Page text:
MANY people believe that the word "brand" relates simply to
the visual identity of a particular company, product or organisation – in other
words the organisation’s name, logo and general look and feel.
In truth, a brand is all of these things and a whole lot
more. Essentially, your brand represents all of the valuable and desirable
qualities of your product or service to the consumer, while the term corporate
identity relates to all the physical elements of the brand – such as the logo,
signage, website look and feel etc.
The two are very closely linked, and both
need to be in place and managed if you are to get the most out of your marketing
and brand development efforts.
Think of a famous brand like Red Bull. Sure, we can all
recognise the logo and visual aspects of the brand, but more importantly Red
Bull have been very successful in creating an identity for their brand that
transcends the product and its visual elements alone.
By aligning themselves
with extreme sports such as cliff diving, motor racing, base jumping and
surfing, Red Bull have managed to create a perception in the marketplace that
they are the energy drink of choice for extreme athletes everywhere – and
naturally this has filtered down into their general target market, who may not
be extreme athletes themselves but either aspire to be, or at the very least
find this lifestyle appealing.
This relates in more awareness, customer loyalty
and ultimately, in more sales.
Another example of clever brand management is Nando’s. They
have used humour in their advertising and brand positioning since day one,
instead of focussing merely on their various product offerings, which is what
most of their competitors do.
The result has seen them associated with fun and
cemented as a household name, making them one of the most visible food brands
in SA and, increasingly, internationally as well.
What these examples demonstrate is the value of a strong
brand identity. A brand identity, or brand image is all the attributes one
associates with a brand, how the brand owner wants the consumer to perceive the
brand - and by extension the branded company, organisation, product or service.
A brand’s identity is created by a combination of clever
management of the brand name, the logo, the corporate ID and all supporting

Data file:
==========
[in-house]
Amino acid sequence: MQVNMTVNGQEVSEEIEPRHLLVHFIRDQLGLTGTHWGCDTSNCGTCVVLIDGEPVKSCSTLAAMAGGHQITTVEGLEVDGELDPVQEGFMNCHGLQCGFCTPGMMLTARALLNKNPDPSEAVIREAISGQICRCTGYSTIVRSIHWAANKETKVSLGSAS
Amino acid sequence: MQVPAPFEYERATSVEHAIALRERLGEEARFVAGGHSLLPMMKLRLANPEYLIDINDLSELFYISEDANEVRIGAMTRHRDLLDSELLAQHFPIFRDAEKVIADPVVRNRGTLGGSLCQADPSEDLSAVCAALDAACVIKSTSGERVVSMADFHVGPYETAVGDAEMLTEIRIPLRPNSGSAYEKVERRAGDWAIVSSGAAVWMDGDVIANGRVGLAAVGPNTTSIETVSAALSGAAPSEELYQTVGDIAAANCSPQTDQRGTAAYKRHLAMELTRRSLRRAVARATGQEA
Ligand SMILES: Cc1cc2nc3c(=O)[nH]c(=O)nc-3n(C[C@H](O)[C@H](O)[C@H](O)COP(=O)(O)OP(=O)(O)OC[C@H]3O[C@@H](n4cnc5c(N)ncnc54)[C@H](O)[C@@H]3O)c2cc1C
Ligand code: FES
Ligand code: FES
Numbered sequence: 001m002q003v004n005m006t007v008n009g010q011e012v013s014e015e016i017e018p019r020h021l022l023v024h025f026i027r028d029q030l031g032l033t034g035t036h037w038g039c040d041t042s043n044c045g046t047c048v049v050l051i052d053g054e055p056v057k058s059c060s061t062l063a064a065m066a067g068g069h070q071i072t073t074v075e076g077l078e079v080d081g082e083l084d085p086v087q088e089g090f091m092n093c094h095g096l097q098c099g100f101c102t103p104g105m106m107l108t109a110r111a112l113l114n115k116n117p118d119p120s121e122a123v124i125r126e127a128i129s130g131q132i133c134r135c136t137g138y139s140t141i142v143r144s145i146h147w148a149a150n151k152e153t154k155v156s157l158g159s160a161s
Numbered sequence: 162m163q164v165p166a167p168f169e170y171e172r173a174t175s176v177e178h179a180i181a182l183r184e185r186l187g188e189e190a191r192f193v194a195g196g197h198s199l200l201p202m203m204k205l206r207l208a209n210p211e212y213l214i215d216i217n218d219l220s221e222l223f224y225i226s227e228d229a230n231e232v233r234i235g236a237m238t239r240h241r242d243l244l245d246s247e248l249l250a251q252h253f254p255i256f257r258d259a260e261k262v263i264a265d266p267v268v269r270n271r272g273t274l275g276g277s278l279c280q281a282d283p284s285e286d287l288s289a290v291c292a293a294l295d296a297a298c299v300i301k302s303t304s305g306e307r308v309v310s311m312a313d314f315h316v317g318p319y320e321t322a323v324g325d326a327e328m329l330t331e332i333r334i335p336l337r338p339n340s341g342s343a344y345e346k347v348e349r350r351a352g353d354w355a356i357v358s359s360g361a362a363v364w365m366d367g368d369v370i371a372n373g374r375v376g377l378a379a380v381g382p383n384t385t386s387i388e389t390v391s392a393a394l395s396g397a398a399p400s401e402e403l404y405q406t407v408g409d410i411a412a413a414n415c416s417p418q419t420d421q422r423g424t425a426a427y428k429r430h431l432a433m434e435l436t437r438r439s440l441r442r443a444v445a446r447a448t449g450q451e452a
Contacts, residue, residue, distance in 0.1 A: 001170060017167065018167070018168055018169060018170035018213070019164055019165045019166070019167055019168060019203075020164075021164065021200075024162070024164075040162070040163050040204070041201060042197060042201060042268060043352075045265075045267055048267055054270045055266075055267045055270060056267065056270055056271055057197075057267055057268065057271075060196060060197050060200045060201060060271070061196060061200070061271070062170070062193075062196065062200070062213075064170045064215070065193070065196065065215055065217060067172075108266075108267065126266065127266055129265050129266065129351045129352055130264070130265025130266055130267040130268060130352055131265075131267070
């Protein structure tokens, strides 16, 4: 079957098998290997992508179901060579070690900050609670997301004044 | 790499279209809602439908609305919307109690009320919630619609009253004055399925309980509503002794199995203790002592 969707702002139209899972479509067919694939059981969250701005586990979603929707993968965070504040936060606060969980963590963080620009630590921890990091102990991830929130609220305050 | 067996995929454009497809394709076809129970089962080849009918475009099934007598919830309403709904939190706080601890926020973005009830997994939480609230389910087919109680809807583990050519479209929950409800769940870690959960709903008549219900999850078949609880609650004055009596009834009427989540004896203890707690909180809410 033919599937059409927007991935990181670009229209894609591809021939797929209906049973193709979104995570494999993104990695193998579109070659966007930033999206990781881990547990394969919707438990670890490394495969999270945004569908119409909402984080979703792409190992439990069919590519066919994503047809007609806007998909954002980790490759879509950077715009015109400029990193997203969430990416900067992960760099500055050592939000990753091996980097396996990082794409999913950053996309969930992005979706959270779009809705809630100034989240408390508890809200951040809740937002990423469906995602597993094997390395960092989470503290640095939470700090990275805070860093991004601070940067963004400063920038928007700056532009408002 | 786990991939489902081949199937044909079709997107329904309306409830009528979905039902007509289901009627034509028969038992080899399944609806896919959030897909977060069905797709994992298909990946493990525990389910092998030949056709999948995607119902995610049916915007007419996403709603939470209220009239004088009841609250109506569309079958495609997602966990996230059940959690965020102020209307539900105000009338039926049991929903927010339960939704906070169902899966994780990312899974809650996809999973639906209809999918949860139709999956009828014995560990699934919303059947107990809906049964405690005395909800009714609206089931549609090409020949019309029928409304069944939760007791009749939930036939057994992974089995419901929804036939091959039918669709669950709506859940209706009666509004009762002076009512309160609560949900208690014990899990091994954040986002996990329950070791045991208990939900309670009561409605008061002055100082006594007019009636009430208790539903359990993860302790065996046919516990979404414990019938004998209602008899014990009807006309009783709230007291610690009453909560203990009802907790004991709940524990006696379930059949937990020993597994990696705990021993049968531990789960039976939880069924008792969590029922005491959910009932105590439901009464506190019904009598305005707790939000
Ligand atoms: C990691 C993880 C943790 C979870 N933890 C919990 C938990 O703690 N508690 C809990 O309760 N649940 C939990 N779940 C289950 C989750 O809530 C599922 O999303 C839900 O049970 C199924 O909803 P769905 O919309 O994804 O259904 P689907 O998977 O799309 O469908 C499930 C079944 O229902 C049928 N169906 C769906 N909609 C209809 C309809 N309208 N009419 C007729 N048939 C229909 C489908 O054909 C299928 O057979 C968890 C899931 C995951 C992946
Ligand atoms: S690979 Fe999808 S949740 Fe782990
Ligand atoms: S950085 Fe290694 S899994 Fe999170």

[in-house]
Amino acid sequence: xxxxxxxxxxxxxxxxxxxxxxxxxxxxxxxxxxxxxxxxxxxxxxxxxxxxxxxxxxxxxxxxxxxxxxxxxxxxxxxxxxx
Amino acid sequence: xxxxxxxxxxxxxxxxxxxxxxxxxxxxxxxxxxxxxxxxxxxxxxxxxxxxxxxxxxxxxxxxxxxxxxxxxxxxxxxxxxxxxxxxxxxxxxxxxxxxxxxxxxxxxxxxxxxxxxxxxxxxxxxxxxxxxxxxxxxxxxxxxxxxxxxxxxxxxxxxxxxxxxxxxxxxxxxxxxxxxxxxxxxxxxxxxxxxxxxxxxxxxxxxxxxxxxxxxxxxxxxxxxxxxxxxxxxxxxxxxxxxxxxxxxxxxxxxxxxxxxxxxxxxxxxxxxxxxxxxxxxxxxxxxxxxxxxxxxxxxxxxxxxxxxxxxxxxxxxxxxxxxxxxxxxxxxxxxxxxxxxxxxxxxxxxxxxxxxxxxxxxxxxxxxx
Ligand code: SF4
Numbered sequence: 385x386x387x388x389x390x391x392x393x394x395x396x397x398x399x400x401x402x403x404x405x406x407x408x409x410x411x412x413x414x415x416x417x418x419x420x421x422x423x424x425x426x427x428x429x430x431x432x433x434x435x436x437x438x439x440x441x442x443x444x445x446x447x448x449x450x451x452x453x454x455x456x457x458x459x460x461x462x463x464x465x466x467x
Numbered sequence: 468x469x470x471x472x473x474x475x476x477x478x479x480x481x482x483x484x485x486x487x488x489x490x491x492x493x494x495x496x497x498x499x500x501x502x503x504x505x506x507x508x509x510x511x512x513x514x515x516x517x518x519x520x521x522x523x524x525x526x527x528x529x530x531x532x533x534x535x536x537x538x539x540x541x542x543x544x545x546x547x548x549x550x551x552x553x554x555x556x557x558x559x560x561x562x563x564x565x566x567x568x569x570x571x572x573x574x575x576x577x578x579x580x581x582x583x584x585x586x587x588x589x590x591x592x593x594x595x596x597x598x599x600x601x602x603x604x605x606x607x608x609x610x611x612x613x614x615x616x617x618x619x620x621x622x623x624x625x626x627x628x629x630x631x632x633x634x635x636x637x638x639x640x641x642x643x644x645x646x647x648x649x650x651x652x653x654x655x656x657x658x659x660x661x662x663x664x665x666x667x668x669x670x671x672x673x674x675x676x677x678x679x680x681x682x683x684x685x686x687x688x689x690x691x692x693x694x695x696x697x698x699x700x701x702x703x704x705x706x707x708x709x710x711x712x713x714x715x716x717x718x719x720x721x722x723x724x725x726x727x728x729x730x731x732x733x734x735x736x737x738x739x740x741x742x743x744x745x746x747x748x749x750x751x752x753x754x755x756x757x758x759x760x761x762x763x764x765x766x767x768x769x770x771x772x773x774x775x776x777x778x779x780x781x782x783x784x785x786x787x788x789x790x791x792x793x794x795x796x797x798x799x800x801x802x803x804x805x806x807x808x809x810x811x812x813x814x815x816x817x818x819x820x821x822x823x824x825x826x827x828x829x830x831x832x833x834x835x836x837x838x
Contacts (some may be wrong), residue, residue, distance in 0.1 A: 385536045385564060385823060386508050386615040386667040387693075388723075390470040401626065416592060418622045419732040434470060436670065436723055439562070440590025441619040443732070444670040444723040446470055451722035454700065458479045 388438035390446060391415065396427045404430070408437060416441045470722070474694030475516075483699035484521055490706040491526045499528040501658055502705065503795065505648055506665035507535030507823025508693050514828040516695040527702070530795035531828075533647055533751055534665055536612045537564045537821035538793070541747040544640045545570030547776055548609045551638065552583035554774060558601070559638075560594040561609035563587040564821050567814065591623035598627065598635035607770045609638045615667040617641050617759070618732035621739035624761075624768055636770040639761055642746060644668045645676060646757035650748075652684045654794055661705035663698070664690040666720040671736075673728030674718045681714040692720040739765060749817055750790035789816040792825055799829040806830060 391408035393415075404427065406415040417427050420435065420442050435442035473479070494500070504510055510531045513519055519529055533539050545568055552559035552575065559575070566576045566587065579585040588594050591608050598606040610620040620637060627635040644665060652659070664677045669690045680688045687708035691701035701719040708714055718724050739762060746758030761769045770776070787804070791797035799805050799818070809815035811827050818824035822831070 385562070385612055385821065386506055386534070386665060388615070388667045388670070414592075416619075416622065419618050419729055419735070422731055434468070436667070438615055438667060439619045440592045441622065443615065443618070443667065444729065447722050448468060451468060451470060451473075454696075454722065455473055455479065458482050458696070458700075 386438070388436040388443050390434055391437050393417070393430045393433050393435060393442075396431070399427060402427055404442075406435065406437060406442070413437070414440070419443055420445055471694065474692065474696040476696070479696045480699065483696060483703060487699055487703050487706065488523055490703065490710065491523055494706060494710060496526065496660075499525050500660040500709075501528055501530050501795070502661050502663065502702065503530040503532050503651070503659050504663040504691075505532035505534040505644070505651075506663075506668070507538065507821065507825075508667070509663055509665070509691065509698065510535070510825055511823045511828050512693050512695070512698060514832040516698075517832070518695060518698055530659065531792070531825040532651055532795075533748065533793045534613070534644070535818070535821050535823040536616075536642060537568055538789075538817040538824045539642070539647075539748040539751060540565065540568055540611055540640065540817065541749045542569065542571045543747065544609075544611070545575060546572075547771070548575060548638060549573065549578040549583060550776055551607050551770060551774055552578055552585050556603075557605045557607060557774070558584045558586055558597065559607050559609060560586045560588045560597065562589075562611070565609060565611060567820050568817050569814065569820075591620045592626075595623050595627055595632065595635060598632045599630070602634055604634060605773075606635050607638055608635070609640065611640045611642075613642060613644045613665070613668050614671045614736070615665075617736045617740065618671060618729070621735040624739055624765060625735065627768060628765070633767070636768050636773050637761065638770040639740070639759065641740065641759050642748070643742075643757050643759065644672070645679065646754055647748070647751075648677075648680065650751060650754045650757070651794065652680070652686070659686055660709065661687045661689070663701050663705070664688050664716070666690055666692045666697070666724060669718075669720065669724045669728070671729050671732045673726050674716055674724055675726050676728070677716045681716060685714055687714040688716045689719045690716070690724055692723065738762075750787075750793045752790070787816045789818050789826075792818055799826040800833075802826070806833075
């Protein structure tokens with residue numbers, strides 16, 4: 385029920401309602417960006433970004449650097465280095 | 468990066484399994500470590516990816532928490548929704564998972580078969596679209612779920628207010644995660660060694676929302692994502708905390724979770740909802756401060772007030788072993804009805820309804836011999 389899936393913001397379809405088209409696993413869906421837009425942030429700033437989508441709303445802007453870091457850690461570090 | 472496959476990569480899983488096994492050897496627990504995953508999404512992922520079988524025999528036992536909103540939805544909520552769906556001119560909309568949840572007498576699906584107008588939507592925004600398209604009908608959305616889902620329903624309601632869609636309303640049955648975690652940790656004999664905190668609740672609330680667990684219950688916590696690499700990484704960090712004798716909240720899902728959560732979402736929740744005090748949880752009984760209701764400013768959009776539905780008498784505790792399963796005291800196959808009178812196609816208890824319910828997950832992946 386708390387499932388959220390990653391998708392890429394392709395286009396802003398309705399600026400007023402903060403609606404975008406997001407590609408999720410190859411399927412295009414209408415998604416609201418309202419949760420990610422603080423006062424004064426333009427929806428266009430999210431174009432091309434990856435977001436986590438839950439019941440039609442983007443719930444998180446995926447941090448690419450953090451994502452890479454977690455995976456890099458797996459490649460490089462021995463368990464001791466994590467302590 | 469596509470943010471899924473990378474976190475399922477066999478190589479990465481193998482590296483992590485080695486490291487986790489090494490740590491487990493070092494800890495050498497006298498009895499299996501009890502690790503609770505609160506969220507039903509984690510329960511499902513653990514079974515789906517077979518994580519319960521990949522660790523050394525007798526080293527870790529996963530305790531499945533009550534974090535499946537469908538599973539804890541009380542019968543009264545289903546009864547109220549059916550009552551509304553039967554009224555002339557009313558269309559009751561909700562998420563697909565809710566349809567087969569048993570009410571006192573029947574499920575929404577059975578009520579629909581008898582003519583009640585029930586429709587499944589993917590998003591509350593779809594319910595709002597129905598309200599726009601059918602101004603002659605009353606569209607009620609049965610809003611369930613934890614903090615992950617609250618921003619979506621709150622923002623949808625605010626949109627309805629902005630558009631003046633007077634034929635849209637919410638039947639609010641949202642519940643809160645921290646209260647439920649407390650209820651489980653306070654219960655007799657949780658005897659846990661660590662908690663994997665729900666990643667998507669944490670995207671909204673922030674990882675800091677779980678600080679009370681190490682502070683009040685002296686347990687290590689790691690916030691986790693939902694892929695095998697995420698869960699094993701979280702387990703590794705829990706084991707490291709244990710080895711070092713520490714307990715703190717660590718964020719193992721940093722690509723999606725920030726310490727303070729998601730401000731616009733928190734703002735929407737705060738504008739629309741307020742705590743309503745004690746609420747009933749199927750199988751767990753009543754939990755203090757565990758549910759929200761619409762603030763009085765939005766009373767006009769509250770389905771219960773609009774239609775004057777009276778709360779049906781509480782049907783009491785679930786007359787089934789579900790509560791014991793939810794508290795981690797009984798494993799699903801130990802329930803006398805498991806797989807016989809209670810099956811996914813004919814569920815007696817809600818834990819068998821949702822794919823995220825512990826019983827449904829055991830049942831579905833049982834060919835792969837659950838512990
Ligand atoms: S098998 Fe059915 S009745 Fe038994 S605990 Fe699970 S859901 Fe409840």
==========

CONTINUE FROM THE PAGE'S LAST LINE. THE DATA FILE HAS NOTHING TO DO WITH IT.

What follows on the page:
material and activities, including website, public relations, press and media,
marketing materials, competitions and sponsorships, staff, brand spokespeople
and so on.
It does not happen overnight, and some brands have failed dismally
in their efforts to create the desired perception - think of the millions that
BP spent trying to position themselves as the "green" oil company, and how that
was wiped out by one highly publicised oil spill in the Gulf of Mexico.
Positioning the brand
From my own perspective, brand identity has a special
significance. When my two partners and I started Streetwires, we realised very early on that careful positioning of
the brand was absolutely crucial to our success.
We had hundreds of
competitors in the wire and bead game, most of whom could offer similar
products at a cheaper price, so our strategy was to focus on what we could
offer customers that many of them could not – such as capacity, reliability,
in-house design capabilities, association with a successful job creation
In other words, we had to create an identity for our company that
transcended the products alone and highlighted all the benefits of doing
business with us. This we did by careful management of our PR and media,
customer service, corporate identity and all other elements associated with the
So the question you need to ask yourself is how do people
perceive your brand, and is it the way you want them to see it, or do you
need to give more thought to your brand identity and how it is managed?
course, this statement makes the assumption that you actually have a brand and
corporate identity in place – because in the absence of this, yours is really a
hobby and not a business.
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